|13.||Goodman SG, Huang W, Yan AT, Budaj A, Kennelly BM, Gore JM, et al. The expanded Global Registry of Acute Coronary Events: Baseline characteristics, management practices, and hospital outcomes of patients with acute coronary syndromes. Am Heart J 2009;158:193-201. |
|14.||Baardman T, Hermens WT, Lenderink T, Molhoek GP, Grollier G, Pfisterer M, et al. Differential effects of tissue plasminogen activator and streptokinase on infarct size and on rate of enzyme release: Influence of early infarct related artery patency. The GUSTO Enzyme Substudy. Eur Heart J 1996;17:237-46. |
|15.||Dundar Y, Hill R, Dickson R, Walley T. Comparative efficacy of thrombolytics in acute myocardial infarction: A systematic review. QJM 2003;96:103-13. |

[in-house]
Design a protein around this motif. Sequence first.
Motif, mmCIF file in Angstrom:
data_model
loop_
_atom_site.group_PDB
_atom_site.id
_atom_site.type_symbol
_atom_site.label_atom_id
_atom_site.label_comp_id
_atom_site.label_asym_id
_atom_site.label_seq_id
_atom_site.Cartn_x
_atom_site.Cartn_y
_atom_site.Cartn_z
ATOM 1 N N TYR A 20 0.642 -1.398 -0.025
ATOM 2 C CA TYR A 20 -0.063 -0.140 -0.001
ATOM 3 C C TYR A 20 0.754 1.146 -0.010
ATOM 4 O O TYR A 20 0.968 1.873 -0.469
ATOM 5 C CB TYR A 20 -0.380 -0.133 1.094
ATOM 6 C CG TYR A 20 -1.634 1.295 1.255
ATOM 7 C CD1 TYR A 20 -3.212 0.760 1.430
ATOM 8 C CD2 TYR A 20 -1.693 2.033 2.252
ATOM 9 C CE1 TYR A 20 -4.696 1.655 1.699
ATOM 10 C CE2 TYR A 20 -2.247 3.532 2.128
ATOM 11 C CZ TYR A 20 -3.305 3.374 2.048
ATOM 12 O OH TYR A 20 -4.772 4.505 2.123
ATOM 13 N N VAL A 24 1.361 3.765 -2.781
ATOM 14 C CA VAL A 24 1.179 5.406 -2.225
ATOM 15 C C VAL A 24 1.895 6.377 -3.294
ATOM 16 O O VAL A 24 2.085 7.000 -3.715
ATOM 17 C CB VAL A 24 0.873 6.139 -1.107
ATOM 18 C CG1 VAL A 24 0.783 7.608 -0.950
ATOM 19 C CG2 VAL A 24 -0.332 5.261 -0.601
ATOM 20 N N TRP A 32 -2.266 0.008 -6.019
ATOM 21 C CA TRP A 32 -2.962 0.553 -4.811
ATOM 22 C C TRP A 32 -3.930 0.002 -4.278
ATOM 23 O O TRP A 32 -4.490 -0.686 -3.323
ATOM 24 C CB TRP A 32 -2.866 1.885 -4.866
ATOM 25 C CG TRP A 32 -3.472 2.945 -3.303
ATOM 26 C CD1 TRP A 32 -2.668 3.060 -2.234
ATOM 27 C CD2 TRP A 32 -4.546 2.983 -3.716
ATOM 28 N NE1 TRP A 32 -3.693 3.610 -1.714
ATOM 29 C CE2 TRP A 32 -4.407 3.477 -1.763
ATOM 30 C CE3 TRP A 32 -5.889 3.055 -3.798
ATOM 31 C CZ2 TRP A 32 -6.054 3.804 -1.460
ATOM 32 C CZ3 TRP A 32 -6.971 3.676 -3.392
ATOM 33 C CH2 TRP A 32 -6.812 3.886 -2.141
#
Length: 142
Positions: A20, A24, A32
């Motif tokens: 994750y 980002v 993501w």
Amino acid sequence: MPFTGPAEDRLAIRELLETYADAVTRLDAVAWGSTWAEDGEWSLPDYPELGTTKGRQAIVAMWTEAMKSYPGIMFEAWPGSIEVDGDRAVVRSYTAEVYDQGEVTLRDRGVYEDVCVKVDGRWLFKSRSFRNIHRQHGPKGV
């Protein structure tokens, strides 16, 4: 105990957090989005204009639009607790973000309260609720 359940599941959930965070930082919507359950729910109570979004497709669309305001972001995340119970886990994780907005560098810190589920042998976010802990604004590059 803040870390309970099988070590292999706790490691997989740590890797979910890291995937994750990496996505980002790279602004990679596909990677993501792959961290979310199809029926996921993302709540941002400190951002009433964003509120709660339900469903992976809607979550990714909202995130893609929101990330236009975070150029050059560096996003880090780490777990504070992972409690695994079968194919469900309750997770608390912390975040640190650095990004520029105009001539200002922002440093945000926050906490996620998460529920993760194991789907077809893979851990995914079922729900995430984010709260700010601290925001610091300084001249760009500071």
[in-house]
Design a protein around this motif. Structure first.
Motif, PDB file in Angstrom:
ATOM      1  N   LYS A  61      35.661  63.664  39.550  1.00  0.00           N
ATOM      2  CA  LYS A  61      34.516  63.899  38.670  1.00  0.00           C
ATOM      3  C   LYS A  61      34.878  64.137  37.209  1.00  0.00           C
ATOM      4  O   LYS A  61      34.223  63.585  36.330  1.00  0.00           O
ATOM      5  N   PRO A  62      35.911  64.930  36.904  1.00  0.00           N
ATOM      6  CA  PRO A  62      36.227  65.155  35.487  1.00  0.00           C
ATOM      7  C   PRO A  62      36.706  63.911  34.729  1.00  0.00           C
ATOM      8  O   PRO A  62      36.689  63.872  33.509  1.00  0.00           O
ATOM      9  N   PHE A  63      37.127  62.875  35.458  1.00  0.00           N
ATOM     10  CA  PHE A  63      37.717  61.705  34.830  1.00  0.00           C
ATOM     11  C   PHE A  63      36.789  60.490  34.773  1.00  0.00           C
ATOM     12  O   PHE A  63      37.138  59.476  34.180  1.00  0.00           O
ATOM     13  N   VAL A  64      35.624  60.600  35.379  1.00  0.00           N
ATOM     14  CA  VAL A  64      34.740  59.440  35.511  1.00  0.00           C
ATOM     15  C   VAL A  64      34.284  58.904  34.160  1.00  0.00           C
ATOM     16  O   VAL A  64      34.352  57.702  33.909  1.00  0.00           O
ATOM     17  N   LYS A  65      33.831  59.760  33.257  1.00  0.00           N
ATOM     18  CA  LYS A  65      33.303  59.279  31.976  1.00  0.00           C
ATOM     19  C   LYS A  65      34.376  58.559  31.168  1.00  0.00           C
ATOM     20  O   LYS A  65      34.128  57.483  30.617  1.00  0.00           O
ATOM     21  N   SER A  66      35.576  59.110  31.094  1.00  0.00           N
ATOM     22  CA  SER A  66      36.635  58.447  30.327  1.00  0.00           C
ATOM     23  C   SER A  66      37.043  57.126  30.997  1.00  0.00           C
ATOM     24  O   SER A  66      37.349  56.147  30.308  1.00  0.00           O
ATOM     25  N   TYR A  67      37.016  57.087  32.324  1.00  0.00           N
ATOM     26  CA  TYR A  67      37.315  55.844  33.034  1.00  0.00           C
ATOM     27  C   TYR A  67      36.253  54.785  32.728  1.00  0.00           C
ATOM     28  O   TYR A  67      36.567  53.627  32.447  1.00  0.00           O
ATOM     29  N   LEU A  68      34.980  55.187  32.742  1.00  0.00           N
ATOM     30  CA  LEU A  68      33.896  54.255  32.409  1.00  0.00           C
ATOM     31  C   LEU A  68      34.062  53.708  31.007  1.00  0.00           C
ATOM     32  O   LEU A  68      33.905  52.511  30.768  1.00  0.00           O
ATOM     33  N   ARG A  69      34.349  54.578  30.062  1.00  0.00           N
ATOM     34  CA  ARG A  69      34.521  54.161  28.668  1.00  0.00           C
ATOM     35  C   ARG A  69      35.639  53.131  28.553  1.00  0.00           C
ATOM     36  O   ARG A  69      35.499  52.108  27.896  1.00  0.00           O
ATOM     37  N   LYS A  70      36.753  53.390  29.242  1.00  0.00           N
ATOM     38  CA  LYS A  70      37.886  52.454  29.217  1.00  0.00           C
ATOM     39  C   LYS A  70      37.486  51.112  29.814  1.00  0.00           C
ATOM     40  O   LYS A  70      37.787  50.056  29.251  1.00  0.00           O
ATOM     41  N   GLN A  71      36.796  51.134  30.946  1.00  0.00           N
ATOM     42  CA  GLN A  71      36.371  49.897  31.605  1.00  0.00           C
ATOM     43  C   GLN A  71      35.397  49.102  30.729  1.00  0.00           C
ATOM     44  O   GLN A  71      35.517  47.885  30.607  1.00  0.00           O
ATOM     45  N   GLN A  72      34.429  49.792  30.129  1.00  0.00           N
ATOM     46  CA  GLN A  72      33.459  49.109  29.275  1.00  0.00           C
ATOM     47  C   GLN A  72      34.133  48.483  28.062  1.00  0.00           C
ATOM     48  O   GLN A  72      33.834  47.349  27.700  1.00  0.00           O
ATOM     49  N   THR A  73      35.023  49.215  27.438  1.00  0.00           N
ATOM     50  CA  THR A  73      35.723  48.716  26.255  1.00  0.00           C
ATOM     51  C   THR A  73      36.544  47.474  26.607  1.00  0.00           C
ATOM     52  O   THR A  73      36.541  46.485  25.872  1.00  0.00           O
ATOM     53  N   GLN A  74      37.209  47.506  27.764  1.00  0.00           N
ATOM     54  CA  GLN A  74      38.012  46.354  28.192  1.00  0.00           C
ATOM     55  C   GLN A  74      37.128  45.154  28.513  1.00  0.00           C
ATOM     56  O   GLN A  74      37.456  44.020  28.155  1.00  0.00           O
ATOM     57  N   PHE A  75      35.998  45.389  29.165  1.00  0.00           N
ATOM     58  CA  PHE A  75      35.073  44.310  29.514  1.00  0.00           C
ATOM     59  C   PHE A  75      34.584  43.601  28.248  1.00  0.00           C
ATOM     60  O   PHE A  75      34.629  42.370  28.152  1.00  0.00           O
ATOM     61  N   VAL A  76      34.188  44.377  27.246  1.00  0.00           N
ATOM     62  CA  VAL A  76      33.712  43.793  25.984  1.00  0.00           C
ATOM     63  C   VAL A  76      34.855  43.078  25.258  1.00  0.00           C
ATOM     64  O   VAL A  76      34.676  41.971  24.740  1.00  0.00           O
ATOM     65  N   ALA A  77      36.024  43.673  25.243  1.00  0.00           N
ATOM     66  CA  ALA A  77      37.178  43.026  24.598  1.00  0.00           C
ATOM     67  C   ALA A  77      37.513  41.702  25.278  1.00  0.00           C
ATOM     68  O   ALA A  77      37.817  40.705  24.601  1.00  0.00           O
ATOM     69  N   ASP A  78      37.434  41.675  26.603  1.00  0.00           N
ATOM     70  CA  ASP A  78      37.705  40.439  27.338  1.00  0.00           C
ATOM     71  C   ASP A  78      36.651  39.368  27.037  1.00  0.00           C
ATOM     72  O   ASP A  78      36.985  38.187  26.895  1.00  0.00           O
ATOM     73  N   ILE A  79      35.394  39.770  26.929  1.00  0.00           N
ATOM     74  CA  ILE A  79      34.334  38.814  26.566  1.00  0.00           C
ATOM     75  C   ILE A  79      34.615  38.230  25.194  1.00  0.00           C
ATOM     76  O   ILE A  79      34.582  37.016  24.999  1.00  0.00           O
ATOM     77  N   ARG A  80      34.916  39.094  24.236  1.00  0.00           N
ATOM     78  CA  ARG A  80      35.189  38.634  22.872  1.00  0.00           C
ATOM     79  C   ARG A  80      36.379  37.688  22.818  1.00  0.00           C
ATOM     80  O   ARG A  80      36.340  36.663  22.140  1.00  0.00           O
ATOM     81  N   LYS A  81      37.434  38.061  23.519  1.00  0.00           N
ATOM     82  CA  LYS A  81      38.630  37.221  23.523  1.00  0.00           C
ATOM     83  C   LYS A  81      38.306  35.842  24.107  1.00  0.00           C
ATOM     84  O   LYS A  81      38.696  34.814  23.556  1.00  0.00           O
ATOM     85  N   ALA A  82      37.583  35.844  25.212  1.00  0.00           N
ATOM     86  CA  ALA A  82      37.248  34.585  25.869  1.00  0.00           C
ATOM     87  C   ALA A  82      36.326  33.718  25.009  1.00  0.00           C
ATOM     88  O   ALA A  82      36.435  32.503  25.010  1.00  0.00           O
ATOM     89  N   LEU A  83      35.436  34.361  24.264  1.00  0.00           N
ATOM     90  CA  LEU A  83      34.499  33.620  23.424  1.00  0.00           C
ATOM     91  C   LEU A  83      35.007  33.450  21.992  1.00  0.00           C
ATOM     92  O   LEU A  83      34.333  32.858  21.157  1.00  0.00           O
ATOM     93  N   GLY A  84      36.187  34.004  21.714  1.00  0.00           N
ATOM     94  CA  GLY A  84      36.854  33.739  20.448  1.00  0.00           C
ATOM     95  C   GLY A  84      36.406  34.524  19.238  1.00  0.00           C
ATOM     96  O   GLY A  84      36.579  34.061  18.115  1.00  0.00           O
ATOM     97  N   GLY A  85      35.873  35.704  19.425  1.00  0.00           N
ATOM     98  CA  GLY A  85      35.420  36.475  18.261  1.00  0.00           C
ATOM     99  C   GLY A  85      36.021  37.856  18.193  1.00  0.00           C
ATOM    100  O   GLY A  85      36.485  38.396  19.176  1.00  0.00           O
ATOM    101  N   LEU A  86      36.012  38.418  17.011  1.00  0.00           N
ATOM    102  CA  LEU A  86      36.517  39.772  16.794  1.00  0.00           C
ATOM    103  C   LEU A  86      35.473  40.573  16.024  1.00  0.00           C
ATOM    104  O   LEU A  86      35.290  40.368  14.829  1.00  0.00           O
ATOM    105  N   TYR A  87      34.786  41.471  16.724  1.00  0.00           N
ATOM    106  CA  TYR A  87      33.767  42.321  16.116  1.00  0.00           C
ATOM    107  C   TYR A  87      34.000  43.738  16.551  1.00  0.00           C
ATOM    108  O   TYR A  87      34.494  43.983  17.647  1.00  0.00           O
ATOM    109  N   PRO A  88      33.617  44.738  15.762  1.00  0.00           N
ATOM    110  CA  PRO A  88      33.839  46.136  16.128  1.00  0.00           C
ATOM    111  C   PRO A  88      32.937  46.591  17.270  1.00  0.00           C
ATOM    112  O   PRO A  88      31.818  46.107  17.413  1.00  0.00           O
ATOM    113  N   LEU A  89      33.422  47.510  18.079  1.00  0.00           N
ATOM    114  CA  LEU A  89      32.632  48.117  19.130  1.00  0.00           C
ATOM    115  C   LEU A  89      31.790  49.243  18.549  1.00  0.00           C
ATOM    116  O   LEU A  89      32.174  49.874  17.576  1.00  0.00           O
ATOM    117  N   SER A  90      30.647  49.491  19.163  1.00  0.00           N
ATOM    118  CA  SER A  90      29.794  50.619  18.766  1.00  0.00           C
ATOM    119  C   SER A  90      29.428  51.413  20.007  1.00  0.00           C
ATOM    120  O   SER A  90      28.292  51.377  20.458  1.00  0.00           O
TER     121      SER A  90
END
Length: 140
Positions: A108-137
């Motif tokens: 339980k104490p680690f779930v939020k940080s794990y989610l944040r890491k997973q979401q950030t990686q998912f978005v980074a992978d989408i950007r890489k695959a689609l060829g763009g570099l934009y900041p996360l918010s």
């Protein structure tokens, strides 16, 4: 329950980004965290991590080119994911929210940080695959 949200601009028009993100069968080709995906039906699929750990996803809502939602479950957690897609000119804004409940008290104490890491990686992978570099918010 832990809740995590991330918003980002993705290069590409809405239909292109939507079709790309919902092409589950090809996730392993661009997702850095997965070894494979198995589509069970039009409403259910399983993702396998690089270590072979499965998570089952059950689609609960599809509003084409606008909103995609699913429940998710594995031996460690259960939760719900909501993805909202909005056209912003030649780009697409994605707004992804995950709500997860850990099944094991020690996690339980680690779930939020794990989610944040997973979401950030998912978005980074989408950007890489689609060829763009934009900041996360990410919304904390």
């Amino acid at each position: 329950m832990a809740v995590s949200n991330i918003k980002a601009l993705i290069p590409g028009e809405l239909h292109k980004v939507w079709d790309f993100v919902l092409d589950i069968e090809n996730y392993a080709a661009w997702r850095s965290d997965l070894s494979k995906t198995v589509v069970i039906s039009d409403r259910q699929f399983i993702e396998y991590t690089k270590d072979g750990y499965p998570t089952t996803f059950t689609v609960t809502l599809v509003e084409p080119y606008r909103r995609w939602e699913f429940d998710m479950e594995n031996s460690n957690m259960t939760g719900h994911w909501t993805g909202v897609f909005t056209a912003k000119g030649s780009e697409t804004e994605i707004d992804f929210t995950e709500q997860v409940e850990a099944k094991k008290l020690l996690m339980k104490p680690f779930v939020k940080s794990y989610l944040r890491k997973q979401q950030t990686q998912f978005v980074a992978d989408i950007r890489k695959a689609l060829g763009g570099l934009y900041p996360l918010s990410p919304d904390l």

|16.||Budaj A, Brieger D, Steg PG, Goodman SG, Dabbous OH, Fox KA, et al. Global patterns of use of antithrombotic and antiplatelet therapies in patients with acute coronary syndromes: Insights from the Global Registry of Acute Coronary Events (GRACE). Am Heart J 2003;146:999-1006. |
|17.||AlHabib KF, Hersi A, AlFaleh H, Kurdi M, Arafah M, Youssef M, et al. The Saudi Project for Assessment of Coronary Events (SPACE) registry: Design and results of a phase I pilot study. Can J Cardiol 2009;25:e255-8. |
|18.||Lenzen MJ, Boersma E, Bertrand ME, Maier W, Moris C, Piscione F, et al. Management and outcome of patients with established coronary artery disease: The Euro Heart Survey on coronary revascularization. Eur Heart J 2005;26:1169-79. |
|19.||Roger VL, Weston SA, Gerber Y, Killian JM, Dunlay SM, Jaffe AS, et al. Trends in incidence, severity, and outcome of hospitalized myocardial infarction. Circulation 2010;121:863-9. |
[Table 1], [Table 2], [Table 3]